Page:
Clarity on Brexit

Interesting Bloomberg column Clive Cook:

The crucial point is straightforward. Britain needed to seek a compromise that traded off degrees of access to Europe’s single market against degrees of effective sovereignty and democratic accountability. Remaining in the EU involves close-to-frictionless trade with the other members combined with seriously diminished democratic self-government. A clean Brexit, leaving the U.K.’s relationship with Europe akin to Canada’s with the U.S., involves short- and possibly long-term economic losses combined with a stronger form of self-government.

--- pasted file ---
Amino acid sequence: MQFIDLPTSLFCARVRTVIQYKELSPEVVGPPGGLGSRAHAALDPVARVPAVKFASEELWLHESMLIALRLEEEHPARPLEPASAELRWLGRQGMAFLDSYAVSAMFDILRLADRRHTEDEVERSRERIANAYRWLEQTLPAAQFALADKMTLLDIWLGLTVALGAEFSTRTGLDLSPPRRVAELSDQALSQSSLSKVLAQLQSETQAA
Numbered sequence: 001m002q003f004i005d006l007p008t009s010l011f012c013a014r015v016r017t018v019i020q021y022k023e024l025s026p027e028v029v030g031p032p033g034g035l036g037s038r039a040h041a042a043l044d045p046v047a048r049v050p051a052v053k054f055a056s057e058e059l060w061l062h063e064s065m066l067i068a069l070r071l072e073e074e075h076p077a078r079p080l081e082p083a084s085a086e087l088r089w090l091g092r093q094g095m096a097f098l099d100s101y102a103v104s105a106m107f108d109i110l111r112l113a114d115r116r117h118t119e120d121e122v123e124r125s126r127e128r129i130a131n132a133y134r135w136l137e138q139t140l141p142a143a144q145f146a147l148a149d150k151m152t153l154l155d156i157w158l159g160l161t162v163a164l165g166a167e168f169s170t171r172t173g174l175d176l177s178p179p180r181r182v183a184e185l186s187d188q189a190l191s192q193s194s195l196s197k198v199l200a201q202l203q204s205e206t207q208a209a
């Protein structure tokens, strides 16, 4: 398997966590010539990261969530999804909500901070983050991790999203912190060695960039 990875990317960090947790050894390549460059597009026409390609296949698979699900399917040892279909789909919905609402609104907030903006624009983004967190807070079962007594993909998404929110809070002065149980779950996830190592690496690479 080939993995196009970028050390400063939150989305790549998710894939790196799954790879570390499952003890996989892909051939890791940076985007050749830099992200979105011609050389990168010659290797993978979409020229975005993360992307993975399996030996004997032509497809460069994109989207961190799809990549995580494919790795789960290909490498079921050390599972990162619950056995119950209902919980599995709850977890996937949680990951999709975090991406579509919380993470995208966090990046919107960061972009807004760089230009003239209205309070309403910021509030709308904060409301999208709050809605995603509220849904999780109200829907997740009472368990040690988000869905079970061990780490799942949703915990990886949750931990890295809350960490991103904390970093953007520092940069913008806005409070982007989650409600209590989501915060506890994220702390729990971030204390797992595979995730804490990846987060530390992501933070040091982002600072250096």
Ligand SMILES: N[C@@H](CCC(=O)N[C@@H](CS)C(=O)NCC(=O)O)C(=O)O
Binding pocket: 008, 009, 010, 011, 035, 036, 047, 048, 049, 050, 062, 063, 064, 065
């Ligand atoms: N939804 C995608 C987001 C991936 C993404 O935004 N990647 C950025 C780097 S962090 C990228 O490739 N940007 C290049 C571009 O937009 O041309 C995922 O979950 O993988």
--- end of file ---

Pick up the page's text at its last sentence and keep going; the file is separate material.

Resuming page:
Reasonable people can disagree about where to be on that spectrum. A deal of the form May first had in mind — a middle point between a narrow free-trade agreement and full access to the single market — could well have worked. But the final form of May’s exit agreement finds no such point of balance.

Compared with remaining in the EU, it entails substantial economic losses and diminished, not enhanced, democratic accountability. The only significant policy question over which Britain gains new control is immigration. On almost every other issue where the EU has competence, Britain, thanks to the so-called backstop on Northern Ireland, will be indefinitely hemmed in –- while losing any say in what the EU chooses to do. On a scrupulously unzealous assessment, this is less self-government than Britain currently has as a member of the EU. It isn’t a compromise, it’s a capitulation.